Continuing the miniseries, here are some more good ideas I’ve learned while developing for the Apple platforms:

(1) Beware NSTimer
Using “fire and forget” timers seems like a great idea, but it may not be ideal in a world where states transition constantly and unexpectedly. Example: something special in your game triggers a timer that causes a point pop-up to display later, but before that timer fires the level ends. Best case is you get an ugly point display on the level-over screen; worst case is the game crashes. Either use something that gives you a finer level of control or make sure you’re managing the timers appropriately.

(2) Understand shouldAutorotateToInterfaceOrientation
This method is not the appropriate place to DO anything, mostly because when it gets called is unpredictable and varies between SDKs. It’s a query only. If you want to actually do something in response to an orientation change, either listen for the appropriate message or add the appropriate delegate to your view. I forget the names of both of those right now, but you’re industrious people who clearly have the internet available.

(3) Don’t Use Apple’s Private APIs
This is expressly forbidden by Apple. There was a time when you could get away with it, and that time is over. It’s tempting, since the private APIs have some handy functionality like turning off rubber-banding on a web view or showing a text field in an alert, but you’ll get failed during review. Trust me.

(4) The iPad is Different
That seems obvious, but it’s different for a more important reason than just screen size - the Human Interface Guidelines are different. The most notable change is that users expect the iPad to “just work” regardless of what orientation they’re in - there’s no real “up” for an iPad. And when I say the users expect this, I mean Apple’s reviewers expect this too - I’ve read about plenty of people being failed for not supporting rotation properly. There are of course special cases like games where you can support only landscape (both versions of landscape, mind you), and you should be aware of those while developing. In short: read the HIG document.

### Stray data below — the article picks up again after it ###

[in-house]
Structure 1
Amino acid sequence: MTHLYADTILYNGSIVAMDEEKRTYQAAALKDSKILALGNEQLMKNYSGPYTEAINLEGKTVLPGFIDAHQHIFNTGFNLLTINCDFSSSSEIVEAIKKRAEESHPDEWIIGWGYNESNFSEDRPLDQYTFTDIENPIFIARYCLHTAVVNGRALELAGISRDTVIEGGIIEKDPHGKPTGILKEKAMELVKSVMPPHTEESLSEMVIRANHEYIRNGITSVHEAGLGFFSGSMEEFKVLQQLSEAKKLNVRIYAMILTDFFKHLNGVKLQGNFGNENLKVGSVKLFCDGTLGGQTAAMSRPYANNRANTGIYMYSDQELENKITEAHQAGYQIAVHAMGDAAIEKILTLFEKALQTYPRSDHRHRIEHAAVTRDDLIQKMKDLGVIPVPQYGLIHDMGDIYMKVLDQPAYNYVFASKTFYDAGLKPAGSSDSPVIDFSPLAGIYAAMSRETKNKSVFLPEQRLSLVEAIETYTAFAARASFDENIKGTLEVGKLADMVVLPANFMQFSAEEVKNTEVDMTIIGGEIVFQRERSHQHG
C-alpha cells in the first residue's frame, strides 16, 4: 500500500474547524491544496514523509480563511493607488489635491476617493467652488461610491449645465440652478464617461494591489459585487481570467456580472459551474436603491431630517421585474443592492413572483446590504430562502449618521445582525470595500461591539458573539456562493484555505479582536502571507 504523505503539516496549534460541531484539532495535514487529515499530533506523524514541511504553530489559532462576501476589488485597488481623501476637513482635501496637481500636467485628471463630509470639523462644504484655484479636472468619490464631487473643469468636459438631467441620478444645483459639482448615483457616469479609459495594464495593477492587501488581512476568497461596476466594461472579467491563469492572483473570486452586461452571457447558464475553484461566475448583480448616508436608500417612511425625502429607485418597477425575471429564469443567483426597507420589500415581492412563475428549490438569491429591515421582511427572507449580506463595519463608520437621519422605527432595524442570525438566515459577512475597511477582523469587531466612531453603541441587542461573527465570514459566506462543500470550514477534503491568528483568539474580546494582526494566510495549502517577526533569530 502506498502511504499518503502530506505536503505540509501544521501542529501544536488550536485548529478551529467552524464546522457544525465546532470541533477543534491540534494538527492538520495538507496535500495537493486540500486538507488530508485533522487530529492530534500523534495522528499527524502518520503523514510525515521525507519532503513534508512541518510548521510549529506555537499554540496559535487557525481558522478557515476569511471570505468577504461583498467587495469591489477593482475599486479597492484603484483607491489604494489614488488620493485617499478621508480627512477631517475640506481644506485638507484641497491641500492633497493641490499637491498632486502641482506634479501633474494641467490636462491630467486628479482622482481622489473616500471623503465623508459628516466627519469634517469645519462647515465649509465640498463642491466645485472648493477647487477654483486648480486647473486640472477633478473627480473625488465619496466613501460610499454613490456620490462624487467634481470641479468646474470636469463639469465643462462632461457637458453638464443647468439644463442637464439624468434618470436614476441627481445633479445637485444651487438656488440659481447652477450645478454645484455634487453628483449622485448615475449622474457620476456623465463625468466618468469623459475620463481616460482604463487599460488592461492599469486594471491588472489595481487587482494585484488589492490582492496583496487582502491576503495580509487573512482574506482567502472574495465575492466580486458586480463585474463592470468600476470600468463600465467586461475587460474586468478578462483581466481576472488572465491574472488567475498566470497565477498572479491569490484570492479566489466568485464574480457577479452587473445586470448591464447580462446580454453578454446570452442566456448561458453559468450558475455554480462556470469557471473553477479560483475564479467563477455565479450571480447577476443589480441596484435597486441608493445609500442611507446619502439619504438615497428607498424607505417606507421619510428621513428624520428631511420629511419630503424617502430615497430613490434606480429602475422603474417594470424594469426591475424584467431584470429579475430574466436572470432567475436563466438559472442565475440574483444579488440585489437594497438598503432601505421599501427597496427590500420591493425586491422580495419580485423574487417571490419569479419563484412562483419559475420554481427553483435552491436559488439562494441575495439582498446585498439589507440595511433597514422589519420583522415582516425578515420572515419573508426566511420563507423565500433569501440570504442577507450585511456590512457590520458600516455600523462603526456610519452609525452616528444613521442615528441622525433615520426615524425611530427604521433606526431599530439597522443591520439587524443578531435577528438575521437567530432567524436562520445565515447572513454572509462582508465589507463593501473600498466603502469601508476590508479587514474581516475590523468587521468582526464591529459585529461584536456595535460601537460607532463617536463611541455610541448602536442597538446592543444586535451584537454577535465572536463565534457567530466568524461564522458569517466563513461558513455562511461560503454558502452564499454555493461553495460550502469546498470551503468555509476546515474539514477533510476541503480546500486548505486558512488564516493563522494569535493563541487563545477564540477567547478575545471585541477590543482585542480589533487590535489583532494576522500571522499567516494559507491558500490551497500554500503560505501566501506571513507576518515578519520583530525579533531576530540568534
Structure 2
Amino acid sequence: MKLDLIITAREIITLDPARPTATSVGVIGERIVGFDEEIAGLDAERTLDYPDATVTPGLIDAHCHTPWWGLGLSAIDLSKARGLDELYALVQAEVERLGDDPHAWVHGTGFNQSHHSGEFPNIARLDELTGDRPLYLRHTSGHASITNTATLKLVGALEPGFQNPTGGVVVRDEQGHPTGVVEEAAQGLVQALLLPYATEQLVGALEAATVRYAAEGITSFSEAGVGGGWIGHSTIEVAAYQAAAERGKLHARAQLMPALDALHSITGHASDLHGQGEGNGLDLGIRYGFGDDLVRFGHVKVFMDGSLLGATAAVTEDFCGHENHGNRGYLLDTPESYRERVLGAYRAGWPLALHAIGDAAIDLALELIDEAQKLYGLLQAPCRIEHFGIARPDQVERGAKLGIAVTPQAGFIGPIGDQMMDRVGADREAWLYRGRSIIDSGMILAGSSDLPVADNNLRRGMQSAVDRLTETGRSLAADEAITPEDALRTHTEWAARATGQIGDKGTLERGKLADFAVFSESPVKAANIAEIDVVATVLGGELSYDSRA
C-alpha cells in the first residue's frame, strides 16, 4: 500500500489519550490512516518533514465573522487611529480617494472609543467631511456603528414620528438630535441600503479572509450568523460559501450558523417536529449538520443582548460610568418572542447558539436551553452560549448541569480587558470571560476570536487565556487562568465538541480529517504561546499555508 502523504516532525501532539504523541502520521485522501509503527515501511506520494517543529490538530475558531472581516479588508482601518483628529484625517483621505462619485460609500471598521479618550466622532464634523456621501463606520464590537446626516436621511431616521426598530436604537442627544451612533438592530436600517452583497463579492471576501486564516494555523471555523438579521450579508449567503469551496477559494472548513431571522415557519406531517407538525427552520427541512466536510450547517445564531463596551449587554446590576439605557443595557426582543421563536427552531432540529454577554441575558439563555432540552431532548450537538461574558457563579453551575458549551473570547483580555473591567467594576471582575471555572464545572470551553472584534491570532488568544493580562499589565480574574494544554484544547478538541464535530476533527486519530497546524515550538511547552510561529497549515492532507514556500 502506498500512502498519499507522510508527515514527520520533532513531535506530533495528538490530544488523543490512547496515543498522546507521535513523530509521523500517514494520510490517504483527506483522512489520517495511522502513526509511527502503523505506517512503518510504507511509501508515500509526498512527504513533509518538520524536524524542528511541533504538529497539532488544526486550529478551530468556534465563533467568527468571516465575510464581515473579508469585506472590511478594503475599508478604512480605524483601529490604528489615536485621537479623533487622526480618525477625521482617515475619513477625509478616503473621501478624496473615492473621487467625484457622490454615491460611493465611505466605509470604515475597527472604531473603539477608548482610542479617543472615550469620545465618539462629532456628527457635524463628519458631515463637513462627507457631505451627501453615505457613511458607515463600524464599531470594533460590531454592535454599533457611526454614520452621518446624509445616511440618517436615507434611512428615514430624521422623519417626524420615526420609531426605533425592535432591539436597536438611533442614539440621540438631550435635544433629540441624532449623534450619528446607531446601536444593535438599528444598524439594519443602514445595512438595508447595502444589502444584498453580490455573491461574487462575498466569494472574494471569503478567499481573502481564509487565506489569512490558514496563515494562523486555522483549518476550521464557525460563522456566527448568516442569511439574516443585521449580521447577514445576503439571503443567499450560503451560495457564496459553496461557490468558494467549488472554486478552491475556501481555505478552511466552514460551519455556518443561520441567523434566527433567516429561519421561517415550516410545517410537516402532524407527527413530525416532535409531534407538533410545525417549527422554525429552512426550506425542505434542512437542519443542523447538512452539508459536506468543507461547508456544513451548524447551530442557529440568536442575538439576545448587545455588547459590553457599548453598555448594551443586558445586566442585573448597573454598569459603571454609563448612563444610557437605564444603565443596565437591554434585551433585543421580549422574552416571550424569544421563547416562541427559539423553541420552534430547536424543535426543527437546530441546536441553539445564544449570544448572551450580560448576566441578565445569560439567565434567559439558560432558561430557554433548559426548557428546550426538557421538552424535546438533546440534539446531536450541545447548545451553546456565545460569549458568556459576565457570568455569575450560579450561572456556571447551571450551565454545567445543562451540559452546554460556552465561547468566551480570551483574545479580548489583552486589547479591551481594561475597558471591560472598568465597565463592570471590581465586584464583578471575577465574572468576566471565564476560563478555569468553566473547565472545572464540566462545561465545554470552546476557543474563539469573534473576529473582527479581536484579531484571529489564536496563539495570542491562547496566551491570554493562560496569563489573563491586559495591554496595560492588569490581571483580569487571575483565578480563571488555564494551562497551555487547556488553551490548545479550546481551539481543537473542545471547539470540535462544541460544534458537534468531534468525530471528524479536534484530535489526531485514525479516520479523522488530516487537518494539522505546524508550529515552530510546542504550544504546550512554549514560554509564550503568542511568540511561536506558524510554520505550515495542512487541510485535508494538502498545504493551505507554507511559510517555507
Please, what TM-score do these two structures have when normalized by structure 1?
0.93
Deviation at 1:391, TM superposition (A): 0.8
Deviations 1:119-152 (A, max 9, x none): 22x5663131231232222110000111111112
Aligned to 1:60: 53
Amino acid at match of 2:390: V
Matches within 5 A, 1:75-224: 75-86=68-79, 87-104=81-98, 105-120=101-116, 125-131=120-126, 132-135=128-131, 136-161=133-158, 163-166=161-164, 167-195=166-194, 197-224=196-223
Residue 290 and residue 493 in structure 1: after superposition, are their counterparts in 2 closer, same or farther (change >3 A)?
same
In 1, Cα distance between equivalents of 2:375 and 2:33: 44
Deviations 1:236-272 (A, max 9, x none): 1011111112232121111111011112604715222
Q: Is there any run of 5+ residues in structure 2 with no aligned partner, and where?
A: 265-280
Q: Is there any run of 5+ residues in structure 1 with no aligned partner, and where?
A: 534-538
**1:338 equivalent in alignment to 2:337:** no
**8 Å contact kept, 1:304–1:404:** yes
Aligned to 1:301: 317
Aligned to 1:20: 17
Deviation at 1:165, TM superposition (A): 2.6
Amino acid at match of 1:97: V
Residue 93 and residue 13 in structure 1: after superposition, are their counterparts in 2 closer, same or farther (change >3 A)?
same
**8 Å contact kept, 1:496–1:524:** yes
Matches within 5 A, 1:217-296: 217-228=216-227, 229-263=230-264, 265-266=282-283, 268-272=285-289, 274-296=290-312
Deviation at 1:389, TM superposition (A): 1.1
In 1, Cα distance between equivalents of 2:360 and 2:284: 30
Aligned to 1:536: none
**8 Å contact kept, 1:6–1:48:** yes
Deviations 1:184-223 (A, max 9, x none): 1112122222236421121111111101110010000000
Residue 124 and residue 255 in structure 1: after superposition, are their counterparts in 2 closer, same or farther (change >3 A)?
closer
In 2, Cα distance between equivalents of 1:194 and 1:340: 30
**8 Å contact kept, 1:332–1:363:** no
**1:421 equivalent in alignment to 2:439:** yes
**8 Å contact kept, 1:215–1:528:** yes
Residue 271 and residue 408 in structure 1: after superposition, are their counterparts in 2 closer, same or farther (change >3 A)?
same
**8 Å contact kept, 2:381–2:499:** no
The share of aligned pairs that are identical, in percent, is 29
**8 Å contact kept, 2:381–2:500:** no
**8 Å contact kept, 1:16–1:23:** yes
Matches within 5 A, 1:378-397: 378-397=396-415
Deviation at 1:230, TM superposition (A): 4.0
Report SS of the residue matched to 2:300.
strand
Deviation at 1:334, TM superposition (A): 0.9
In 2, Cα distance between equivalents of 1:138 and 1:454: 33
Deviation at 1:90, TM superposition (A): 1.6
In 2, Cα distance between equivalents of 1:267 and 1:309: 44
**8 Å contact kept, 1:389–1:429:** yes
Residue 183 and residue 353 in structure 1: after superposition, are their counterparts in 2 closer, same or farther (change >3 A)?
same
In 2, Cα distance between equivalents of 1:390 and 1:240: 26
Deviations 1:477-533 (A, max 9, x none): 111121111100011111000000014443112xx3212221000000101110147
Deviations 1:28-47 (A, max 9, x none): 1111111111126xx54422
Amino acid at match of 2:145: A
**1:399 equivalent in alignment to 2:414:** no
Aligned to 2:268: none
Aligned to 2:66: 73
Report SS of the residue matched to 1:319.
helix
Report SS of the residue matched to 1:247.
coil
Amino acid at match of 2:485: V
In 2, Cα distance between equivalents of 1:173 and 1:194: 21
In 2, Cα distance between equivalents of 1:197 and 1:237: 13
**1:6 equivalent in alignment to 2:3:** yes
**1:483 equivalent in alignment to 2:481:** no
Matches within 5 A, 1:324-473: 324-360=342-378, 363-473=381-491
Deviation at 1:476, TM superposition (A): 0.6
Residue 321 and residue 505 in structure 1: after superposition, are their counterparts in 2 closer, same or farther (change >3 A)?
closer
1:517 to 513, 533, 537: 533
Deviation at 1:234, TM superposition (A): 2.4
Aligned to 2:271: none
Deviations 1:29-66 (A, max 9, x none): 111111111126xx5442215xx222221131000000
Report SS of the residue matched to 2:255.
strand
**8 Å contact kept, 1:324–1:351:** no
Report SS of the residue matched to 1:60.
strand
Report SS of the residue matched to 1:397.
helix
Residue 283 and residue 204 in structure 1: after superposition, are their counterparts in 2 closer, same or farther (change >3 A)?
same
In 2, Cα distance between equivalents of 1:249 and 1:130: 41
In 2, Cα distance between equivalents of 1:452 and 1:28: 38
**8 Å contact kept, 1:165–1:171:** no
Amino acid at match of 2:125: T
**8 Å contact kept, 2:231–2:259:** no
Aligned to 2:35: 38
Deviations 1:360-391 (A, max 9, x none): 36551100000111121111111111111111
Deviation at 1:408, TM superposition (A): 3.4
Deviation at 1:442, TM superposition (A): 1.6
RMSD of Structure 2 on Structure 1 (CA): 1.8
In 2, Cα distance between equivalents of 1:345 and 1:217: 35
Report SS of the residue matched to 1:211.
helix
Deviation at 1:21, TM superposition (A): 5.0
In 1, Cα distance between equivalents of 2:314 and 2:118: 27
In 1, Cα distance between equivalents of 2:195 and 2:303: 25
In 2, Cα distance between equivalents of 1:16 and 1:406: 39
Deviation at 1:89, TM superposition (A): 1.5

(5) Regarding Facebook, Ads and Such
There are a lot of libraries that add a lot of little touches. The Facebook API is not terribly hard to implement and can get your game a little more exposure (though how valuable that exposure is is pretty open to interpretation). Ad services like AdMob can help monetize a free application. Flurry Analytics can give you valuable information about your players.

That’s all for now. I’m constantly putting together more ideas, and so we’ll probably see the series return in the future, but it won’t be a regular thing.

The Android is more fun to develop for anyhow.